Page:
Rolfe said the initiative only applies to vehicle registration renewals. Individuals who would be denied renewal under the measure would still be able to register a new vehicle, a caveat Mahoney said could adversely affect certain populations.
“This kind of policy attacks people with less resources than rich people,” he said. “If you’ve got enough money to go out and buy a new car, it doesn’t influence your ability to get a new registration.”
In addition to financial concerns, Mahoney said when the state resorts to revoking licenses, it can have drastic consequences.
“I’ve just seen way too many instances of where people cannot overcome the hurdle of having your driver’s license revoked [or] professional licenses revoked, and they don’t always have the wherewithal to go back and get them reinstated, so it ends up being kind of a permanent disability,” Mahoney said.
But Leslie Hope, a Dallas-based attorney who handles family law cases, said she has never seen a child support case where the Attorney General’s Office tried to revoke a parent’s driver’s or professional license and wondered why the state doesn’t make more use of that enforcement mechanism.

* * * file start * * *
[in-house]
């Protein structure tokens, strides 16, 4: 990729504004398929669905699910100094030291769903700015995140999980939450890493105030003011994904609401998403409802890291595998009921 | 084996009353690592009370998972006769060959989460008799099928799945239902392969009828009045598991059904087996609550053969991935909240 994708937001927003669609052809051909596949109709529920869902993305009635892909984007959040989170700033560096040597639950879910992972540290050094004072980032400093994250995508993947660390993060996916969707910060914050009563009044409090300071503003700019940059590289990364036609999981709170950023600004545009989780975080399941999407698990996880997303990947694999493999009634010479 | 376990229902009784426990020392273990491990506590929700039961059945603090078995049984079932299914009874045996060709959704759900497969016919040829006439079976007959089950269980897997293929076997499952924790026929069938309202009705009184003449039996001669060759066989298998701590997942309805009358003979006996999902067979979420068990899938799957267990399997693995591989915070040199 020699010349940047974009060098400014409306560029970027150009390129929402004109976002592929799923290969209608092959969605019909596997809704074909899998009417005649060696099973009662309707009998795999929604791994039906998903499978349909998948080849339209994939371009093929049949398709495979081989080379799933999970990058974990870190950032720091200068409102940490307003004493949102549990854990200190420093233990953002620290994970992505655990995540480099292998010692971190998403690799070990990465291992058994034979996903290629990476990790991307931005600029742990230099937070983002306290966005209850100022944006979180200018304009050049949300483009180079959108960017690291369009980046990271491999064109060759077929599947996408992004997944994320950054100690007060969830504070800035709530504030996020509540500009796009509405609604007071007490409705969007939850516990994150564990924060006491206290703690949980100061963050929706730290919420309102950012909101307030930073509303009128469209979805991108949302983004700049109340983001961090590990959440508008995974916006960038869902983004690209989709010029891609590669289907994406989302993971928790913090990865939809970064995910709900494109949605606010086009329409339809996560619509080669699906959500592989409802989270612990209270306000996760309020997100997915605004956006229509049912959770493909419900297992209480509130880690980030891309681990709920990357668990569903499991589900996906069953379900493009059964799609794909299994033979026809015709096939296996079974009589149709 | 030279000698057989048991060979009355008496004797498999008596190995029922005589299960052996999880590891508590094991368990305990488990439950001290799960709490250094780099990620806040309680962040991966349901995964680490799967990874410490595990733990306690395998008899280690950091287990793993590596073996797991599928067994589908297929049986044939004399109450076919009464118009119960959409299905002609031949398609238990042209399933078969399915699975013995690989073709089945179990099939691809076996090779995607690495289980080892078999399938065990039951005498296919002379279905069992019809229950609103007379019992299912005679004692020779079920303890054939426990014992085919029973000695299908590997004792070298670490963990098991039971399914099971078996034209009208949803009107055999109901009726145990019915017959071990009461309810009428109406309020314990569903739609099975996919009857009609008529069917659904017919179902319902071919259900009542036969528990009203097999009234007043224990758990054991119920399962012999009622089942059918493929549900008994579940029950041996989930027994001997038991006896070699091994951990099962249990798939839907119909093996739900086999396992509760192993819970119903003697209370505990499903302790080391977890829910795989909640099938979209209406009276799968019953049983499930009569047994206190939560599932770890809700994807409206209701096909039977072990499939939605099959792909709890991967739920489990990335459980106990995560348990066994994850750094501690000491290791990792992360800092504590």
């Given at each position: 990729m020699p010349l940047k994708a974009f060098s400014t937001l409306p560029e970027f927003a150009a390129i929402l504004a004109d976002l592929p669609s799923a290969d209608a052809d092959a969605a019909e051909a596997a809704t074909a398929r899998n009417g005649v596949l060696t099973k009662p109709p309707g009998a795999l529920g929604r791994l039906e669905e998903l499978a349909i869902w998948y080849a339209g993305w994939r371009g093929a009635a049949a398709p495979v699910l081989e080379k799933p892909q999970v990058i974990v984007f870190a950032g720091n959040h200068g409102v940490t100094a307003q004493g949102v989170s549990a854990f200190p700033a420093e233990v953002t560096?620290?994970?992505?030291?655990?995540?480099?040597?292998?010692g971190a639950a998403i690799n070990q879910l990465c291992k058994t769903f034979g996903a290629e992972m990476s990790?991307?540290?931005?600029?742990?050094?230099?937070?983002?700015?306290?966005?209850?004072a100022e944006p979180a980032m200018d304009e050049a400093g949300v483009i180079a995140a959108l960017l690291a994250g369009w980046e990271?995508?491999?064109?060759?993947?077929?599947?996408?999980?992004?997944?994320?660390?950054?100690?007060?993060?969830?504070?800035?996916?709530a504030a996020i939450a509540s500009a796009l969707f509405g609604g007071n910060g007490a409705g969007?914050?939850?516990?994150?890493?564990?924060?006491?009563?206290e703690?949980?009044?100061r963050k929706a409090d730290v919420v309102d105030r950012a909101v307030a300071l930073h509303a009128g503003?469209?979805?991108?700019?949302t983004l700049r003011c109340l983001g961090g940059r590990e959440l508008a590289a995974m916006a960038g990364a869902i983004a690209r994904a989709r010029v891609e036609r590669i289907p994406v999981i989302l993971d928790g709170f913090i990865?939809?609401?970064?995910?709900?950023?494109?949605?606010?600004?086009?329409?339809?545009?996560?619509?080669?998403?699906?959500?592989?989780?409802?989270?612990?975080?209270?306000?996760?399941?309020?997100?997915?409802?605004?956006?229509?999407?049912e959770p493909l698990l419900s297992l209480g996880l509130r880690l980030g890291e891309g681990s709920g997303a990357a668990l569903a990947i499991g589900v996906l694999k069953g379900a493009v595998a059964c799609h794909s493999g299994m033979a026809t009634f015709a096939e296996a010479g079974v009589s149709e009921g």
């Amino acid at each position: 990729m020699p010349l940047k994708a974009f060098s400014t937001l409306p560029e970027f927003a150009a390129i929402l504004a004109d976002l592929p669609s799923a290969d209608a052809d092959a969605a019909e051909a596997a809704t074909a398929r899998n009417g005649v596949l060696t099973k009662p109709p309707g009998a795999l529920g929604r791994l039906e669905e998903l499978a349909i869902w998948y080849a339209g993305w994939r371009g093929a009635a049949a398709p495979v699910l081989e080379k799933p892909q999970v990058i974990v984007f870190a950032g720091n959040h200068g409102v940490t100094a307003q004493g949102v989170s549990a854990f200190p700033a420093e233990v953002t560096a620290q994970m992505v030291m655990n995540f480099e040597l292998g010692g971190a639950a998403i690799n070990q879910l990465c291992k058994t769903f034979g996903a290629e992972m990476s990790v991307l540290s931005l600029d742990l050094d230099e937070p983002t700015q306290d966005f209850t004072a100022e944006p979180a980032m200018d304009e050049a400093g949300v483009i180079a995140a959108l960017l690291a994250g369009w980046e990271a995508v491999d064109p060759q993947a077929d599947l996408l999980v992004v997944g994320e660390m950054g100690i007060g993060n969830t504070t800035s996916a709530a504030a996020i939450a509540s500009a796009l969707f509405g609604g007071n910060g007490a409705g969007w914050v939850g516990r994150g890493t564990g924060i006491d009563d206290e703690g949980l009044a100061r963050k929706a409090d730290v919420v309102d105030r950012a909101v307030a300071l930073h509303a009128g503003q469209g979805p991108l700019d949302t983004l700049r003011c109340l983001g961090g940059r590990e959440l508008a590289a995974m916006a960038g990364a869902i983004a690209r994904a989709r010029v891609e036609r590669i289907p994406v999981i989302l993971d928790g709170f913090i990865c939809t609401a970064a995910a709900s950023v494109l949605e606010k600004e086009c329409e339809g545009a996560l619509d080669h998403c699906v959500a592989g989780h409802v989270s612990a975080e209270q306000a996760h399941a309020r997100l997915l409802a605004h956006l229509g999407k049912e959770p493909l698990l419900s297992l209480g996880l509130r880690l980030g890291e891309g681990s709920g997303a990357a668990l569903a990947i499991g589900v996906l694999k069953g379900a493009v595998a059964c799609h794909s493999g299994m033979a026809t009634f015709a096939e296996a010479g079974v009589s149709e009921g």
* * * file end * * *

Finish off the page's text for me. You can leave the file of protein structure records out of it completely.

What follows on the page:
“I think revoking a driver’s license would be a much more effective tool than the vehicle registration,” she said. “But I guess it can’t really hurt. It’s just one more avenue. I think what people will start doing is putting vehicles in other people’s names to avoid having that problem.”
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This article originally appeared in The Texas Tribune, a nonpartisan, nonprofit media organization that informs Texans — and engages with them – about public policy, politics, government and statewide issues.
Top image: A vehicle with a Texas registration sticker. Photo by Shelby Knowles for The Texas Tribune.